Plath and Hughes Poetry
Sylvia Plath was born in 1932 in Massachusetts. She demonstrated exceptional intelligence from a young age and had won several poetry competitions by the time she went to college in 1950. When she was eight, her father Otto died from diabetes. This was a traumatic event in her life that challenged her Christian faith, as made clear throughout Ariel.
In 1953, at the age of twenty, Plath attempted suicide for the first time by digesting her mother’s sleeping pills. She was revived and spent the next few months in an institution. In the weeks preceding this incident, Plath had slashed her legs in order to gauge her commitment to the idea of suicide, and had undergone electroshock therapy to treat her depression.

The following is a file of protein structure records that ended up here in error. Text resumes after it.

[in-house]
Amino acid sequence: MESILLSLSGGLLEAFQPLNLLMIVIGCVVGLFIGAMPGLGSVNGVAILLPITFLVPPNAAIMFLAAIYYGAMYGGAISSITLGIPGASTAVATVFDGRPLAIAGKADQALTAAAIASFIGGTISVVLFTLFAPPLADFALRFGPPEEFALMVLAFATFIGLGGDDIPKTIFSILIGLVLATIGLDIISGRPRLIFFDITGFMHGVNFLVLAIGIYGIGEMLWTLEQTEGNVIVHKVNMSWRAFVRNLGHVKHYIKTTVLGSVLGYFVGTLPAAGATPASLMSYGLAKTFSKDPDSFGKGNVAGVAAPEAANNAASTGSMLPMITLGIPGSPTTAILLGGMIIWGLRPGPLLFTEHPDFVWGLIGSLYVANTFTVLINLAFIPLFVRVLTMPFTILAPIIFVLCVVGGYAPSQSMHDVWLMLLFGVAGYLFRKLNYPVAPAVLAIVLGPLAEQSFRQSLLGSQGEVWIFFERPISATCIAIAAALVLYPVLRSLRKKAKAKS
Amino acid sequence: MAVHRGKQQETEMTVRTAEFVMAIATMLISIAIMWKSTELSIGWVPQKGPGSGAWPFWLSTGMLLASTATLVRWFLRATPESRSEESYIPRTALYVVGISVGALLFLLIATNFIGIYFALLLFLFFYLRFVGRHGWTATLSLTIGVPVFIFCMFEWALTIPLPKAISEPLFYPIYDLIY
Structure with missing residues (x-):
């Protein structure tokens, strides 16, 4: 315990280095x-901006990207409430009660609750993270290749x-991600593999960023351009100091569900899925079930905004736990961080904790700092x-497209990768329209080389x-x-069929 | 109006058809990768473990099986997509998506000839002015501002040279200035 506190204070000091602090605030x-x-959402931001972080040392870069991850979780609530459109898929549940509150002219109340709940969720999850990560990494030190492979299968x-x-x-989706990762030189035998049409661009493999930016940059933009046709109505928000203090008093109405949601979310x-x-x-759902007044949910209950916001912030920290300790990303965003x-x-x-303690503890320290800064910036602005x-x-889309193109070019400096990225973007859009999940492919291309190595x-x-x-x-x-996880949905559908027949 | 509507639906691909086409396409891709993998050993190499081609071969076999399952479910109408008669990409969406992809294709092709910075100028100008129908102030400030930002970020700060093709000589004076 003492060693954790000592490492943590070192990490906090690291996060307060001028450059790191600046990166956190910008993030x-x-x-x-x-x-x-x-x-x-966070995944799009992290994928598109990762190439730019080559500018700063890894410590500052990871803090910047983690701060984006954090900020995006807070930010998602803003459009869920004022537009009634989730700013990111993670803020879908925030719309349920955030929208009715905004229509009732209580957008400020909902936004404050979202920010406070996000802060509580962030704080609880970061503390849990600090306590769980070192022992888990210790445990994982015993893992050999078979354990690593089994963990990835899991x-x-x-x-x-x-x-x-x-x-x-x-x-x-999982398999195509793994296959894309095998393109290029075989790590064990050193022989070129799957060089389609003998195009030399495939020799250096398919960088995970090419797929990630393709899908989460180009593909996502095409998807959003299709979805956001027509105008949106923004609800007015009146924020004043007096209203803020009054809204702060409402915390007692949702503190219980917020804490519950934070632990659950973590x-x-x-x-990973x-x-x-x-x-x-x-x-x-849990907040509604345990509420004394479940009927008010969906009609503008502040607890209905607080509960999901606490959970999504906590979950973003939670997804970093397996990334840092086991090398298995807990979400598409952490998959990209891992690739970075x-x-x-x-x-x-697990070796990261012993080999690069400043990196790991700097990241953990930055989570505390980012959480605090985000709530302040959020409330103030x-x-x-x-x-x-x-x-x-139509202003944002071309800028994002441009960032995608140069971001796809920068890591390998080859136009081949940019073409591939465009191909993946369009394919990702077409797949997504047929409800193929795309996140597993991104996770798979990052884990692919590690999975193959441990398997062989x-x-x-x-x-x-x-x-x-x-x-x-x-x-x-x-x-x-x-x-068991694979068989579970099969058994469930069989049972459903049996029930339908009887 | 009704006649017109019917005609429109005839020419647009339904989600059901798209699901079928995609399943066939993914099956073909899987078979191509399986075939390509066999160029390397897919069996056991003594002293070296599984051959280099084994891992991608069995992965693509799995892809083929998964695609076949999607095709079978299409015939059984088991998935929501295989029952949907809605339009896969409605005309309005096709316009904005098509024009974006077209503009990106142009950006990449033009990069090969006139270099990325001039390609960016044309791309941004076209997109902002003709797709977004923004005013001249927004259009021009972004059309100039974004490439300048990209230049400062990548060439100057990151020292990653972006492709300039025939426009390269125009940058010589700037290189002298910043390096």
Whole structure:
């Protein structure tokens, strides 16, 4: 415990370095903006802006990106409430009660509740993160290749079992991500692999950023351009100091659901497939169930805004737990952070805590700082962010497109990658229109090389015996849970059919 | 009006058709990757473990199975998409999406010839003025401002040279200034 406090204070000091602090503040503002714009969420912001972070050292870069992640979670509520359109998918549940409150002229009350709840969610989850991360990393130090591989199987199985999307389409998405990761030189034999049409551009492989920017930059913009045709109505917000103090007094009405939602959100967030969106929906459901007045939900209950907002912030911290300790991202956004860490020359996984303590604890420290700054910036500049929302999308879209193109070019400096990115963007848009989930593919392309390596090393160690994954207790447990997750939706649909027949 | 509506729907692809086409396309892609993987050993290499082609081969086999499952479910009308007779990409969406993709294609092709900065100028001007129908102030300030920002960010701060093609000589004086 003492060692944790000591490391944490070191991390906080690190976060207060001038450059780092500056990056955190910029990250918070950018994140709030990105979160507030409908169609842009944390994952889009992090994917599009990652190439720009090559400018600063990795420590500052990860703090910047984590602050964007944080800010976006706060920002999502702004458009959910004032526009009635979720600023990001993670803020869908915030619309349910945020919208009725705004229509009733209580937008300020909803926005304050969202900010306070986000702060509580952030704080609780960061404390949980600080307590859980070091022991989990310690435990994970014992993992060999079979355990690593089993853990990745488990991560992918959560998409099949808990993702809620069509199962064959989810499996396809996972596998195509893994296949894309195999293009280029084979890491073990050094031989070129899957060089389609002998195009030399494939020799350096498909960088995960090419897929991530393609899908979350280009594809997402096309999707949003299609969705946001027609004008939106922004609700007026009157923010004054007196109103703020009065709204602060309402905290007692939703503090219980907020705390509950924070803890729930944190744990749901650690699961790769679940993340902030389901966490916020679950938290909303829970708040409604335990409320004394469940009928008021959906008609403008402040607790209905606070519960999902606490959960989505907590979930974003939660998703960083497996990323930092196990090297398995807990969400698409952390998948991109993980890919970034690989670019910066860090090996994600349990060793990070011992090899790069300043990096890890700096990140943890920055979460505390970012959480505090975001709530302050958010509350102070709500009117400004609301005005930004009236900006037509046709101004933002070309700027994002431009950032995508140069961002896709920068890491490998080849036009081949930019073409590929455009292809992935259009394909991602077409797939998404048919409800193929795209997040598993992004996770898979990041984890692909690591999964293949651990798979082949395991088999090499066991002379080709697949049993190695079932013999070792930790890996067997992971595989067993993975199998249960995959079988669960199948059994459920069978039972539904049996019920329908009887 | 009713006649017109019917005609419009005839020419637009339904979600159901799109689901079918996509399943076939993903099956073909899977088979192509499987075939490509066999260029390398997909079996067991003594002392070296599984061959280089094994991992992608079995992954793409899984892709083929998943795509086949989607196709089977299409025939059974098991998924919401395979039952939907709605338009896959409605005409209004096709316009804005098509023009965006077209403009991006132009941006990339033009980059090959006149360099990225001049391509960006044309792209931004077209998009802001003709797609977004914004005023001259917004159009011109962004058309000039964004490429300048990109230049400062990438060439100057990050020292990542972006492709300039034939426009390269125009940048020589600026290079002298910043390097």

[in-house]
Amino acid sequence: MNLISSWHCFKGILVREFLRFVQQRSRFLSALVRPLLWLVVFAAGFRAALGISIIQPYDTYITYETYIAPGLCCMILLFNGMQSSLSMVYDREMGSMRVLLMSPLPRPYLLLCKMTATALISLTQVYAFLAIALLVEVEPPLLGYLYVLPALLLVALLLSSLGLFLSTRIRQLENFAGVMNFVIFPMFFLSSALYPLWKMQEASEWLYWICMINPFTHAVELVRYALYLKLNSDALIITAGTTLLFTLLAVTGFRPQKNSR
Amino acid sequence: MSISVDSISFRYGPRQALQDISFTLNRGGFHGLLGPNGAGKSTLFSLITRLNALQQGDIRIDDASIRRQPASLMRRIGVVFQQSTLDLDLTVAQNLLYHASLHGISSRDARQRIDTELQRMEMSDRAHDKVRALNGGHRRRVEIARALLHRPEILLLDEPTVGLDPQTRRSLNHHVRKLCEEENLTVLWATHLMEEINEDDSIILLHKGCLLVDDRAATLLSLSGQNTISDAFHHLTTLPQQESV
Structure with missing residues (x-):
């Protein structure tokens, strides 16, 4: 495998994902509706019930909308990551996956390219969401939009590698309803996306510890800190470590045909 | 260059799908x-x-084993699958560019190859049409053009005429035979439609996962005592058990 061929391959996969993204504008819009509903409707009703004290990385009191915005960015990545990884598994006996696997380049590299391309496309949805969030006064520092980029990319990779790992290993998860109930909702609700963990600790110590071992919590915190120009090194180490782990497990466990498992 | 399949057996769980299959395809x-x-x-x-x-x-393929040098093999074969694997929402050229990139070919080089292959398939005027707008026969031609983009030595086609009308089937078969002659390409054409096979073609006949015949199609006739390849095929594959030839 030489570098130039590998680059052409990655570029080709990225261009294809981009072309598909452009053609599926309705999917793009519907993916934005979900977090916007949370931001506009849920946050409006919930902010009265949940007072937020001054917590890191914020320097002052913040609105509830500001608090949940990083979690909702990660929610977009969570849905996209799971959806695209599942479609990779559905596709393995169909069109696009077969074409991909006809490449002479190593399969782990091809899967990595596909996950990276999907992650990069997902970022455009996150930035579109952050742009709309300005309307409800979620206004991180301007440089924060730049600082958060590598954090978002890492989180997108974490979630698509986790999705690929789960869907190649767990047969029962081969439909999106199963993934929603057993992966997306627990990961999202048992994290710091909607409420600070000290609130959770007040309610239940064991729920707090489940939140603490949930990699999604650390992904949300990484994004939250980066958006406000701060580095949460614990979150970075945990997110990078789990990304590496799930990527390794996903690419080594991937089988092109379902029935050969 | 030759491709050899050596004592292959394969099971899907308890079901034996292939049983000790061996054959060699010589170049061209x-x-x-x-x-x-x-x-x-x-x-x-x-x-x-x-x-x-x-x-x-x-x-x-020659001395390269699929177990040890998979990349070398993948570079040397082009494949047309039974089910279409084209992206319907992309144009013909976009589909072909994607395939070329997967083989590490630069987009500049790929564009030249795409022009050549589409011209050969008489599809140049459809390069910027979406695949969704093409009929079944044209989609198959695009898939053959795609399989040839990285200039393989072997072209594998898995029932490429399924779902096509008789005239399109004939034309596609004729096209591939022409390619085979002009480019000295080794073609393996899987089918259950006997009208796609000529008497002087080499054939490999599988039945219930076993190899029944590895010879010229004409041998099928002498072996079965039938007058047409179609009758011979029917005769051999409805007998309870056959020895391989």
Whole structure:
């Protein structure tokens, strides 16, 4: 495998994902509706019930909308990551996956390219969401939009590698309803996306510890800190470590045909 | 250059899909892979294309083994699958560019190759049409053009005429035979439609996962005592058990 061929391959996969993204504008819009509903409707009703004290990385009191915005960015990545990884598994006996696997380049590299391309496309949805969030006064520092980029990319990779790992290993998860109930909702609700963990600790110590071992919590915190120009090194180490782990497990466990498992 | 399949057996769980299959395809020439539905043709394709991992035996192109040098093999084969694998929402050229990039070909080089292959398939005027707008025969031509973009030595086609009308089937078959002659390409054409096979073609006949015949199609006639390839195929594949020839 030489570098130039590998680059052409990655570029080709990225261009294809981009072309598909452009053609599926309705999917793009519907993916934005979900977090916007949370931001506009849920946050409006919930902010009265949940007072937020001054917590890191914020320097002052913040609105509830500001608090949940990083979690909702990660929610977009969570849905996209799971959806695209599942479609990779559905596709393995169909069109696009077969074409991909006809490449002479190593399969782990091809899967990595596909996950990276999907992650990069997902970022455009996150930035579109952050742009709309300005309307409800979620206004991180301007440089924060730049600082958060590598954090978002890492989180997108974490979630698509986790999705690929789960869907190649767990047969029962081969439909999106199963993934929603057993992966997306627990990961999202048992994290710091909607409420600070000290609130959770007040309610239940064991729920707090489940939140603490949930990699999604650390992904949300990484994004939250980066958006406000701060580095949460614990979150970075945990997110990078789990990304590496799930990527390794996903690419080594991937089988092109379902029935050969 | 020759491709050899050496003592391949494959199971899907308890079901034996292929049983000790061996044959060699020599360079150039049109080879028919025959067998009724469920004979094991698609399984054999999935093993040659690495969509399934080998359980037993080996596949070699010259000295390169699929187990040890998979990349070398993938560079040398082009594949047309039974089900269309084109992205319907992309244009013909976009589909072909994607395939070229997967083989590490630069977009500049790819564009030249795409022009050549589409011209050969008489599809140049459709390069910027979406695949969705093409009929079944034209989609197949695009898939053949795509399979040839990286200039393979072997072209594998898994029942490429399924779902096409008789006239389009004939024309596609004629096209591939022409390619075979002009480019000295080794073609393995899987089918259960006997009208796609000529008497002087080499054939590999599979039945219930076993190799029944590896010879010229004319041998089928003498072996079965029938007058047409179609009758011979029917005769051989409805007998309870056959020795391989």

Plath attempted suicide for the second time in 1962 by crashing the car she was driving. Shortly after, she discovered that Hughes was having an affair with Assia Wevill, the woman who Plath and Hughes were renting a property to. Plath and Hughes separated in July 1962.
Beginning in October 1962, Plath experienced a creative burst of energy, during which she wrote the majority of the poems that would form Ariel. It is widely believed that releasing this energy is what allowed Plath to make peace with the idea of fully committing to killing herself.
After a long and depressing winter, during which time Plath felt increasingly isolated and depressed – she described her mental state in a letter to a friend as being defined by constant agitation and an inability to deal with daily life – Plath killed herself in February 1963. She was thirty years old.